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CORBYN Jeremy

Professional observers have reacted with a mixture of anger, horror, scorn, incredulity and manic laughter to the leadership of Jeremy Corbyn. His cack-handed reshuffle is not how one is supposed to go about being Leader of the Opposition, and confirms their belief that he has no chance of becoming Prime Minister.

But Corbyn’s unprofessionalism is for his supporters one of his virtues. To them it confirms that he has a mind above appearances. They rejoice that he is so devastatingly uninterested in the monied smartness and managerial glibness which PR types regard as essential attributes in a leading politician.

In the house of a Corbyn supporter, the kitchen has not been modernised, the food is of uneven quality and most likely washed down with herbal tea, every surface is cluttered with piles of books, papers and pamphlets, some of which would not be out of place in a museum of socialism, and the clothes look as if they have been seized at random from a charity shop, or else knitted by well-meaning volunteers without any sense of colour.

To waste time and money on fripperies would be inexcusable, when a dozen different campaigns are waiting to be run from what space can be found on the kitchen table. The point of life is not to hold dinner parties, but to change the world: a process which starts with changing the Labour Party.

Under Tony Blair, this kind of socialist felt spurned, humiliated and excluded. Under Corbyn, for the first time since 1983, everything seems possible. And who will say a preference for Corbyn’s style of politics over Blair’s is entirely unwarranted?

Some years ago, Frank Field assembled and edited a collection, Attlee’s Great Contemporaries, of articles written by Clement Attlee about other politicians. In an introductory essay, Field himself wrote:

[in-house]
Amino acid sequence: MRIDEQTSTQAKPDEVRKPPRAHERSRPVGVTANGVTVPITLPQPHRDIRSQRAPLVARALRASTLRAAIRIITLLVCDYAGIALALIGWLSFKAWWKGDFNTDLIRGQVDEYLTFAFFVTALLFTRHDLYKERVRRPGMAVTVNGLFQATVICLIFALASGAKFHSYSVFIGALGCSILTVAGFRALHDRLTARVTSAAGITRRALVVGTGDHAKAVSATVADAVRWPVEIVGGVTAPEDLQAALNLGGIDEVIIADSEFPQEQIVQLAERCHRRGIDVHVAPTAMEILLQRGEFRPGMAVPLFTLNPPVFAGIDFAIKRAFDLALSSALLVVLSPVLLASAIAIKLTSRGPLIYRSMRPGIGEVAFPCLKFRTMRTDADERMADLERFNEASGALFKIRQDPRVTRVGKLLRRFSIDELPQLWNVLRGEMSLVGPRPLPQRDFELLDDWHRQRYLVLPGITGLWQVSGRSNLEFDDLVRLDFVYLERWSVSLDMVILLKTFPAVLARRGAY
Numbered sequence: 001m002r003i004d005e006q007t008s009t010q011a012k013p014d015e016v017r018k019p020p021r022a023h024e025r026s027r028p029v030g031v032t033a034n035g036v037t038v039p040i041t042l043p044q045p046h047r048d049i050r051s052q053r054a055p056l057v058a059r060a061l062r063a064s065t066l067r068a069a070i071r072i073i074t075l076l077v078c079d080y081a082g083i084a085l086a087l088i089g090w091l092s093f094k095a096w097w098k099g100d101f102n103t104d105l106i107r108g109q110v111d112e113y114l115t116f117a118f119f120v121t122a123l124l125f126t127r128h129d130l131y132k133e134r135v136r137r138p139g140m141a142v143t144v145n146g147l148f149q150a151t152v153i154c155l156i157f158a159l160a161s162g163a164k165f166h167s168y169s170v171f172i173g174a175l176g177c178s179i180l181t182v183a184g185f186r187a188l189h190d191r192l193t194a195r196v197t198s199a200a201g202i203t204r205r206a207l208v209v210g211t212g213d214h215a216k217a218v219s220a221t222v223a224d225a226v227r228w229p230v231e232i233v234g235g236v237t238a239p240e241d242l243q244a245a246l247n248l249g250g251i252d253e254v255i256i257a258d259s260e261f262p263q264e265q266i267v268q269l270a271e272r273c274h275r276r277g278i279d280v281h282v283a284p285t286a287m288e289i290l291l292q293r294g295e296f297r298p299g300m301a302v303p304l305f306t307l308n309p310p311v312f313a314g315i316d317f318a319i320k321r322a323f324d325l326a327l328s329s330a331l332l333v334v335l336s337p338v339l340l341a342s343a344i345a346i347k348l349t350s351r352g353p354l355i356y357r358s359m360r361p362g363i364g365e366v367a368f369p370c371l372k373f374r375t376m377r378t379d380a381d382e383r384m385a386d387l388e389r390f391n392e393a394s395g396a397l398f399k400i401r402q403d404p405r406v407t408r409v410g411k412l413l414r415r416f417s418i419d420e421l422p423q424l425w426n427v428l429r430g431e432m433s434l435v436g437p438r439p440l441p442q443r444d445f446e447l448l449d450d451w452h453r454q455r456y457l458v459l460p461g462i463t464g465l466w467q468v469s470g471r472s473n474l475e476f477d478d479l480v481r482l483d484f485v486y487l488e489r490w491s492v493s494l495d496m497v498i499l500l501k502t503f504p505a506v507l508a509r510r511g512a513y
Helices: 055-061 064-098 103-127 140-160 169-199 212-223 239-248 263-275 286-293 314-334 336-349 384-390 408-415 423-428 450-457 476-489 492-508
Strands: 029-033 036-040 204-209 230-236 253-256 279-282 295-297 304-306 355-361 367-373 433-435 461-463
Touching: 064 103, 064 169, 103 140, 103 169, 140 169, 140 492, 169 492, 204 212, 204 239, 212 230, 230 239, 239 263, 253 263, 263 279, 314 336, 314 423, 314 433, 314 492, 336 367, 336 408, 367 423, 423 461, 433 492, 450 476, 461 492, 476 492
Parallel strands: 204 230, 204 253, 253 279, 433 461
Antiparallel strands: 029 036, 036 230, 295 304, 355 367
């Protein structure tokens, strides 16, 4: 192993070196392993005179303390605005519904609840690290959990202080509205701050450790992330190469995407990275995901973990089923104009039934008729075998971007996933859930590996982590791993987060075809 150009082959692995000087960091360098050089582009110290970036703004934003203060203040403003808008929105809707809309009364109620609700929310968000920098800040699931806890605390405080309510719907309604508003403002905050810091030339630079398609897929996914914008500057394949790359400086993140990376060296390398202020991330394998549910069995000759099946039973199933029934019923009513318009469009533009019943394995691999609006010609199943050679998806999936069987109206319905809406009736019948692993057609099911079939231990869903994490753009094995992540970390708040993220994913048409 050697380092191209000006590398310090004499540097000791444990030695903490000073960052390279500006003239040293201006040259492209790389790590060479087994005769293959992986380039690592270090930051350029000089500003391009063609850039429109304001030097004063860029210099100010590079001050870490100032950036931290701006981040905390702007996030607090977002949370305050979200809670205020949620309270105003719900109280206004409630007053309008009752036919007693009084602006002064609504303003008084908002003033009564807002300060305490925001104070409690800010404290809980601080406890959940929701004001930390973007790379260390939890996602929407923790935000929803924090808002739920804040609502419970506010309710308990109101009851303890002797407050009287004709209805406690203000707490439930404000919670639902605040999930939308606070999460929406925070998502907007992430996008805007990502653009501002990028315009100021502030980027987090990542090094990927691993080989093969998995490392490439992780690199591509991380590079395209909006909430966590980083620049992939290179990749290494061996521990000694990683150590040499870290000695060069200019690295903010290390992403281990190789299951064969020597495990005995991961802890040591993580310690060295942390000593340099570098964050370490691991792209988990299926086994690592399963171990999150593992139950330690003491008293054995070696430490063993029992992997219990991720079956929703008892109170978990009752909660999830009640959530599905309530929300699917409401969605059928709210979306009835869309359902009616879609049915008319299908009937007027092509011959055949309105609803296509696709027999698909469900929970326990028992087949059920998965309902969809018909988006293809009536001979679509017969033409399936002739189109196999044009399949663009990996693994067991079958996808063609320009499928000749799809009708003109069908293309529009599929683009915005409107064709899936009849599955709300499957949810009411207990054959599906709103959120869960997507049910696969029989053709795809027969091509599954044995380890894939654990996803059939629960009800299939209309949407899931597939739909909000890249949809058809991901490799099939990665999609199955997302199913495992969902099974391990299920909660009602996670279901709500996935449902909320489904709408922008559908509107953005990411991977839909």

“Attlee held it as a great truth that the revolution he espoused would never change the character of the British nation unless politicians led by living that kind of life themselves. The personal life of politicians was, for Attlee, the outward visible sign to voters of the deepest changes politicians wished to see operating in the wider society. The failure of the political classes to offer an Attlee-style leadership has much impoverished public life in Britain, to the regret of many voters who are thereby denied a real choice at the ballot box.”

Now Corbyn is no Attlee, and Corbyn’s acolytes do not bear comparison with the formidable team of ministers assembled and orchestrated by Attlee in the Labour Governments of 1945-51.

But for Corbyn’s supporters, what matters a thousand times more is that he is no Blair. Their leader’s contempt for riches, and for politicians who treat the Labour Party as a way to get rich, enchants them. Corbyn is a kind of anti-Blair, determined always to speak up for the poor (or for his idea of the poor) against the rich: a position which fortifies the already powerful tendency of him and his supporters to bask in an invincible self-righteousness.

So it is going to be quite difficult to get rid of Corbyn. For the more he diverges from the conventional way of doing things, the more wonderful he will seem to his followers.

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